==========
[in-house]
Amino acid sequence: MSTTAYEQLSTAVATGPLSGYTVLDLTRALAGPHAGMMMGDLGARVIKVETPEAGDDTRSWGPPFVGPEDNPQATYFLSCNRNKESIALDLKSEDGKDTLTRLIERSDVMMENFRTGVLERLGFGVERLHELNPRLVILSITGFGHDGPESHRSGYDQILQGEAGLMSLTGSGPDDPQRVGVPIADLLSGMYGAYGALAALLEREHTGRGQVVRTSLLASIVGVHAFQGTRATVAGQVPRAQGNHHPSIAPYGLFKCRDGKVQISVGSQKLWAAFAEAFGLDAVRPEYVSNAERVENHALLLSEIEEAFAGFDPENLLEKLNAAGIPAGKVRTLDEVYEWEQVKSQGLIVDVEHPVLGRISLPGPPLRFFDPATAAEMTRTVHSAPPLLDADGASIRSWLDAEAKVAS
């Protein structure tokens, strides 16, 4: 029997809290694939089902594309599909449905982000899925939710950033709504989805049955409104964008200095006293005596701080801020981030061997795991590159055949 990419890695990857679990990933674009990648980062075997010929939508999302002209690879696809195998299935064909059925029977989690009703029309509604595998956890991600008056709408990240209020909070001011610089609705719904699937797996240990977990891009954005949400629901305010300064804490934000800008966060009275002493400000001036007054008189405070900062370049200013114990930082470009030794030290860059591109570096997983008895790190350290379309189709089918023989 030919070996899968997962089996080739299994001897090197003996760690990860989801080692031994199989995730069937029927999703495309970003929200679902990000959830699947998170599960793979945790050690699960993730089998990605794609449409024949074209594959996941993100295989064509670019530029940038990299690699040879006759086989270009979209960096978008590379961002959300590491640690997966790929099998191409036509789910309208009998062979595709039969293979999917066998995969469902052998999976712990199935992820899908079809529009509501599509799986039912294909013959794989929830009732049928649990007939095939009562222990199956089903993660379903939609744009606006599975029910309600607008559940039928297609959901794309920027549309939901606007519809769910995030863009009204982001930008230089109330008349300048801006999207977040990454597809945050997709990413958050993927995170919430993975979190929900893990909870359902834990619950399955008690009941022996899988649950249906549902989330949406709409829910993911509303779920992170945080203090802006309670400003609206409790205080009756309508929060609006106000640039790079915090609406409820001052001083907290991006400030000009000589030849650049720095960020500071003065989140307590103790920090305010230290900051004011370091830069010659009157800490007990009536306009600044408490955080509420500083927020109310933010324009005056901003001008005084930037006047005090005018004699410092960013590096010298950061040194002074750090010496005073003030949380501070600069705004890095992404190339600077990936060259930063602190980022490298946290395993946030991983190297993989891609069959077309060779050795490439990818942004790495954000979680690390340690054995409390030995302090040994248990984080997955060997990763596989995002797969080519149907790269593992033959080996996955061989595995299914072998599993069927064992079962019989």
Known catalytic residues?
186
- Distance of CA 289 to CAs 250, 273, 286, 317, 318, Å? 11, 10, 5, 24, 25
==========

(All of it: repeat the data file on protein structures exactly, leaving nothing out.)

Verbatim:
[in-house]
Amino acid sequence: MSTTAYEQLSTAVATGPLSGYTVLDLTRALAGPHAGMMMGDLGARVIKVETPEAGDDTRSWGPPFVGPEDNPQATYFLSCNRNKESIALDLKSEDGKDTLTRLIERSDVMMENFRTGVLERLGFGVERLHELNPRLVILSITGFGHDGPESHRSGYDQILQGEAGLMSLTGSGPDDPQRVGVPIADLLSGMYGAYGALAALLEREHTGRGQVVRTSLLASIVGVHAFQGTRATVAGQVPRAQGNHHPSIAPYGLFKCRDGKVQISVGSQKLWAAFAEAFGLDAVRPEYVSNAERVENHALLLSEIEEAFAGFDPENLLEKLNAAGIPAGKVRTLDEVYEWEQVKSQGLIVDVEHPVLGRISLPGPPLRFFDPATAAEMTRTVHSAPPLLDADGASIRSWLDAEAKVAS
């Protein structure tokens, strides 16, 4: 029997809290694939089902594309599909449905982000899925939710950033709504989805049955409104964008200095006293005596701080801020981030061997795991590159055949 990419890695990857679990990933674009990648980062075997010929939508999302002209690879696809195998299935064909059925029977989690009703029309509604595998956890991600008056709408990240209020909070001011610089609705719904699937797996240990977990891009954005949400629901305010300064804490934000800008966060009275002493400000001036007054008189405070900062370049200013114990930082470009030794030290860059591109570096997983008895790190350290379309189709089918023989 030919070996899968997962089996080739299994001897090197003996760690990860989801080692031994199989995730069937029927999703495309970003929200679902990000959830699947998170599960793979945790050690699960993730089998990605794609449409024949074209594959996941993100295989064509670019530029940038990299690699040879006759086989270009979209960096978008590379961002959300590491640690997966790929099998191409036509789910309208009998062979595709039969293979999917066998995969469902052998999976712990199935992820899908079809529009509501599509799986039912294909013959794989929830009732049928649990007939095939009562222990199956089903993660379903939609744009606006599975029910309600607008559940039928297609959901794309920027549309939901606007519809769910995030863009009204982001930008230089109330008349300048801006999207977040990454597809945050997709990413958050993927995170919430993975979190929900893990909870359902834990619950399955008690009941022996899988649950249906549902989330949406709409829910993911509303779920992170945080203090802006309670400003609206409790205080009756309508929060609006106000640039790079915090609406409820001052001083907290991006400030000009000589030849650049720095960020500071003065989140307590103790920090305010230290900051004011370091830069010659009157800490007990009536306009600044408490955080509420500083927020109310933010324009005056901003001008005084930037006047005090005018004699410092960013590096010298950061040194002074750090010496005073003030949380501070600069705004890095992404190339600077990936060259930063602190980022490298946290395993946030991983190297993989891609069959077309060779050795490439990818942004790495954000979680690390340690054995409390030995302090040994248990984080997955060997990763596989995002797969080519149907790269593992033959080996996955061989595995299914072998599993069927064992079962019989």
Known catalytic residues?
186
- Distance of CA 289 to CAs 250, 273, 286, 317, 318, Å? 11, 10, 5, 24, 25